The Vietnamese Minister of Finance has issued a draft decree to authorize betting and wagering. If allowed to take effect, commercial greyhound racing would expand in another part of the world.
We cannot let this happen! The expansion of dog racing to new parts of the world will only perpetuate a cruelty that should never have existed in the first place.
Sports Entertainment Services, the operator of the current track Lam Son, has lobbied for these new regulations and hopes to offer greyhound expanded gambling at its present location. The company also plans to develop a new network of seven betting tracks throughout Vietnam. New facilities are proposed in Ha Noi, Ho Chi Minh City, Hai Phong, Da Nang, Nha Trang and Can Tho, the creation of which would result in the breeding and destruction of thousands of new dogs each year. See photos of Lam Son and read about our board member's visit there last year on our web site.
GREY2K USA, joined by the Animals Asia Foundation, the RSPCA, Blue Cross of India, the World Society for the Protection of Animals, Earth Island Institute, Humane Society International and seven other groups that form the Asia for Animals Coalition, has sent a letter to Vietnamese President Truong Tan Sang urging him to stop the legalization of greyhound racing in his country. Lend your voice by signing our petition.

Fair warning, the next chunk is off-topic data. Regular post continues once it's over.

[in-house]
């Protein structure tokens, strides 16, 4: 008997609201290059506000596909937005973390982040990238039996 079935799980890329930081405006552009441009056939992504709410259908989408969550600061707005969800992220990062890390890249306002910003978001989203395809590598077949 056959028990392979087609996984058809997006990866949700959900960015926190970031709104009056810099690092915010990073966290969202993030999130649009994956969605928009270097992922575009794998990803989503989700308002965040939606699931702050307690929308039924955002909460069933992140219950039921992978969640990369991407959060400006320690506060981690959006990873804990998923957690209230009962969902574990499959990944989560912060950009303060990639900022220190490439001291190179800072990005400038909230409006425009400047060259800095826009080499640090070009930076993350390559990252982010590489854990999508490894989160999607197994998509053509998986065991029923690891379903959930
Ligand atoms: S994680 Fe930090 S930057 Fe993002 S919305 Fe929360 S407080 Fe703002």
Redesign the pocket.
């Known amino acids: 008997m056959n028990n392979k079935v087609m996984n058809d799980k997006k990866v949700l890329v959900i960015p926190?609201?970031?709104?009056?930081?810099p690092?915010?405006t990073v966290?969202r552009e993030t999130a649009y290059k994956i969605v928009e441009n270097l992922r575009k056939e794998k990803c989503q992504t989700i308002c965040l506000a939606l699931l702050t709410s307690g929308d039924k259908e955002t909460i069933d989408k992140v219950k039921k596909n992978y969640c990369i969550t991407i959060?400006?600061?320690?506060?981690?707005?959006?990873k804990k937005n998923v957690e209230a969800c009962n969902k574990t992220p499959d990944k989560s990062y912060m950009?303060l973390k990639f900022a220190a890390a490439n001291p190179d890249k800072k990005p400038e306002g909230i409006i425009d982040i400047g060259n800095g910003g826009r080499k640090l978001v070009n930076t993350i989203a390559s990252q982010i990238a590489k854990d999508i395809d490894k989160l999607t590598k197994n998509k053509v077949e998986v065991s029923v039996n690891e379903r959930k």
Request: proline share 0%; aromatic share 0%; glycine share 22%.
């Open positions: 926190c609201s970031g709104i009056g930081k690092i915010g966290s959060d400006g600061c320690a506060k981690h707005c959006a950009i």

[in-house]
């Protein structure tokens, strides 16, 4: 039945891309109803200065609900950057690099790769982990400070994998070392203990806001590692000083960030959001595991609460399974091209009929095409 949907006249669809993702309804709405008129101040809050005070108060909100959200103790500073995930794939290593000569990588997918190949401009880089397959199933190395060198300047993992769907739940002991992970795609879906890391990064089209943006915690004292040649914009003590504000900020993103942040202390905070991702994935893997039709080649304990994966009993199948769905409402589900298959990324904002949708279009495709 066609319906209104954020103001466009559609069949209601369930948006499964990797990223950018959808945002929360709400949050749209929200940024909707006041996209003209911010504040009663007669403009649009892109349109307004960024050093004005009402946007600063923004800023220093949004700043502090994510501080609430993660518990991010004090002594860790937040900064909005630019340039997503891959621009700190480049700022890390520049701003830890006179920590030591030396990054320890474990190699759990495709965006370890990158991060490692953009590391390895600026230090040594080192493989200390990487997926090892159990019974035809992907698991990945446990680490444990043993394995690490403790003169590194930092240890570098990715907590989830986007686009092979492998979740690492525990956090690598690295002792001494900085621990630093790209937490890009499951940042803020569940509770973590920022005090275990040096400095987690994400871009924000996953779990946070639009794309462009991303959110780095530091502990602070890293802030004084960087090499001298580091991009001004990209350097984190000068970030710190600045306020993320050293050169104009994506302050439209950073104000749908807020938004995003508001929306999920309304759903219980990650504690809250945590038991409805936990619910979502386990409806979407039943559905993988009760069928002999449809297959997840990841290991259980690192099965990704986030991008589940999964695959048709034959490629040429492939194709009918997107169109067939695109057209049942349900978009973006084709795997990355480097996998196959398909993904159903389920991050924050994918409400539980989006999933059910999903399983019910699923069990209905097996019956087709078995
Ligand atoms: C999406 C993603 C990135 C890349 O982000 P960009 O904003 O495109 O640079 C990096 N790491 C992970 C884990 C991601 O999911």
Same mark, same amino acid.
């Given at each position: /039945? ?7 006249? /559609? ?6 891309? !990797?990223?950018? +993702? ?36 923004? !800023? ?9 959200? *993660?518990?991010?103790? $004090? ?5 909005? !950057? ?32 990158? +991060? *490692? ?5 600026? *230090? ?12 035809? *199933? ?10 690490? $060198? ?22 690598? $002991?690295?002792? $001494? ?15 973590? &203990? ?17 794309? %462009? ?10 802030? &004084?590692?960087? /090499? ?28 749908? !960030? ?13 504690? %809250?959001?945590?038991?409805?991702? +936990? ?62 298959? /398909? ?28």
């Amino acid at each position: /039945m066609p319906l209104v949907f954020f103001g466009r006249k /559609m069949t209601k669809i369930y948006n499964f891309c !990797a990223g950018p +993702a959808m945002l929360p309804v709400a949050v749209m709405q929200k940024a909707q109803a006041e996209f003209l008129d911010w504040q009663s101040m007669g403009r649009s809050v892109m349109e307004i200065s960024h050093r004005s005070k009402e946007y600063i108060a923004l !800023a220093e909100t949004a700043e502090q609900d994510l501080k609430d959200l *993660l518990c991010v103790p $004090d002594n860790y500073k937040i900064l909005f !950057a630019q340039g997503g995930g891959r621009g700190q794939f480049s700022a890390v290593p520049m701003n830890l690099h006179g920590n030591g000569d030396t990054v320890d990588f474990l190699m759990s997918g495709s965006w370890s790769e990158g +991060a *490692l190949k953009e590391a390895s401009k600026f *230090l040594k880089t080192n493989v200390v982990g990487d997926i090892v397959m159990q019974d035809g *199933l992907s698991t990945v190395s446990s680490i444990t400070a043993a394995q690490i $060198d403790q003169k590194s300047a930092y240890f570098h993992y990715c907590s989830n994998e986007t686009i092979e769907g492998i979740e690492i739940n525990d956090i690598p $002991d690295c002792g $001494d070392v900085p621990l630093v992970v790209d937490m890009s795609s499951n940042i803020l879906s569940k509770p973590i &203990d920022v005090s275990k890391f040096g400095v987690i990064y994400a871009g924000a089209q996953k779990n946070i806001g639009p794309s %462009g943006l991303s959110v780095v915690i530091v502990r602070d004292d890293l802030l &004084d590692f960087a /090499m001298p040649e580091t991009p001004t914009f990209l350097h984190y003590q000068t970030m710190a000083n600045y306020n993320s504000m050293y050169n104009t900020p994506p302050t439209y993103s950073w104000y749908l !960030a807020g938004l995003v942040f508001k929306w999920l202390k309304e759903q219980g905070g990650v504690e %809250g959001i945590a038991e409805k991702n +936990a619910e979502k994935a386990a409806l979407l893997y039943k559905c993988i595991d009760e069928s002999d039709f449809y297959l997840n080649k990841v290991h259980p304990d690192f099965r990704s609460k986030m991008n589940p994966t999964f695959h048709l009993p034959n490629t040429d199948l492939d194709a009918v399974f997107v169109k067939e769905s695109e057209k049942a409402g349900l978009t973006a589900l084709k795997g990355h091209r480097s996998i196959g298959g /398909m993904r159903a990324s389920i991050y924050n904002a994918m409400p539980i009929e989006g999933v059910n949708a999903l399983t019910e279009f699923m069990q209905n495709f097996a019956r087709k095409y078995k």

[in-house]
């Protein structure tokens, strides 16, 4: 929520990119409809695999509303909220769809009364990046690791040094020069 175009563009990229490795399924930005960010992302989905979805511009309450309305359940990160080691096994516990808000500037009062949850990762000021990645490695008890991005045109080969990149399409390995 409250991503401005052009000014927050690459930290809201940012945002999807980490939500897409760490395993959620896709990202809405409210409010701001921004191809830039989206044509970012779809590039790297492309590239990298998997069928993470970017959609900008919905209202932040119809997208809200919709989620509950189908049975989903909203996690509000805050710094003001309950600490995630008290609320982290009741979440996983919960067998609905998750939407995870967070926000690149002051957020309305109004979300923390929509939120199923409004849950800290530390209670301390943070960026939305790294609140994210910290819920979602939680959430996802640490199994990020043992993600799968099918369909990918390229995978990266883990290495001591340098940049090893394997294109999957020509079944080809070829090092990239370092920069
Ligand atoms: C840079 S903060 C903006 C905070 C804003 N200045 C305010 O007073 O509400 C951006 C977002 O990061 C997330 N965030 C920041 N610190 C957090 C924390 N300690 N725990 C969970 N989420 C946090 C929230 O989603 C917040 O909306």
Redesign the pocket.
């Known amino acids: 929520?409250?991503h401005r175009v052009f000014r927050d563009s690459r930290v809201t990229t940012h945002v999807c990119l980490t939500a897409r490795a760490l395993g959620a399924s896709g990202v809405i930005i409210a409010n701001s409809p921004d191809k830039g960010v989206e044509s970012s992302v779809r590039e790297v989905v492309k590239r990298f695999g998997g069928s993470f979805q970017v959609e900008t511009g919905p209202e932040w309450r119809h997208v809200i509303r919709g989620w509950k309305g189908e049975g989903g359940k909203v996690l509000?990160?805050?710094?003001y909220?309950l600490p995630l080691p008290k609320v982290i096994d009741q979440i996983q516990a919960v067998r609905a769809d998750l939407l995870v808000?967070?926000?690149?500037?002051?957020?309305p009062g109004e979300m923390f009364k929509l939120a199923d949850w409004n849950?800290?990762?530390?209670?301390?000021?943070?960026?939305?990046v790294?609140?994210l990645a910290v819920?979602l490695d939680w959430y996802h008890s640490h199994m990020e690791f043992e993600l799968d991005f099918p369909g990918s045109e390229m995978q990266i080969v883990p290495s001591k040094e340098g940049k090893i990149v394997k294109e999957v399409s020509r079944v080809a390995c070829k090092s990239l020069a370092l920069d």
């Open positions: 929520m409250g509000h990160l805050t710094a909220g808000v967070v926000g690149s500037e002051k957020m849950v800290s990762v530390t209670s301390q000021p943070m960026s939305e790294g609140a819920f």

Together, we can stop the potential suffering of greyhounds in a part of the world which is particularly dangerous for dogs. Please sign and share our petition now.
Let's do it!
Worldwide, greyhound racing is a dying industry that is inherently cruel to dogs. When first invented in the United States in the 1920’s, it could not be foreseen that thousands and thousands of dogs would suffer and die. Now that this information has come to light, greyhound racing is declining wherever it exists.
Between 2002 and 2010, the total amount gambled on American greyhound racing declined by 63%. Additionally, the number of tracks has been cut in half. In the United Kingdom, all but one of the London dog tracks have closed and the property repurposed for mixed housing and retail operations. Jamaica refused to legalize dog racing in 2009 and South Africa followed in 2010, citing both the poor economics and humane problems associated with the activity.
I would particularly call to your attention the recent experience of the U.S. Territory of Guam. In 2009, after several years of financial losses, the owner abruptly closed down the facility and abandoned hundreds of dogs. The result was an urgent public health and humane dilemma which was publicized worldwide.
Like Guam, Vietnam would be challenged to offer homes for greyhounds once they were no longer used for racing. In fact, there is presently no adoption program at Lam Son, which has been allowed to simply kill all its dogs once their usefulness ends. An ongoing, multi-national and expensive adoption strategy would be required to deal humanely with the overload of dogs created by any formalization of dog racing in Vietnam.
In closing, the introduction of widespread dog racing would represent a step backwards, and result in both financial losses and harm to the humane traditions of your beautiful country. Please intercede and block the introduction of commercial dog racing to Vietnam.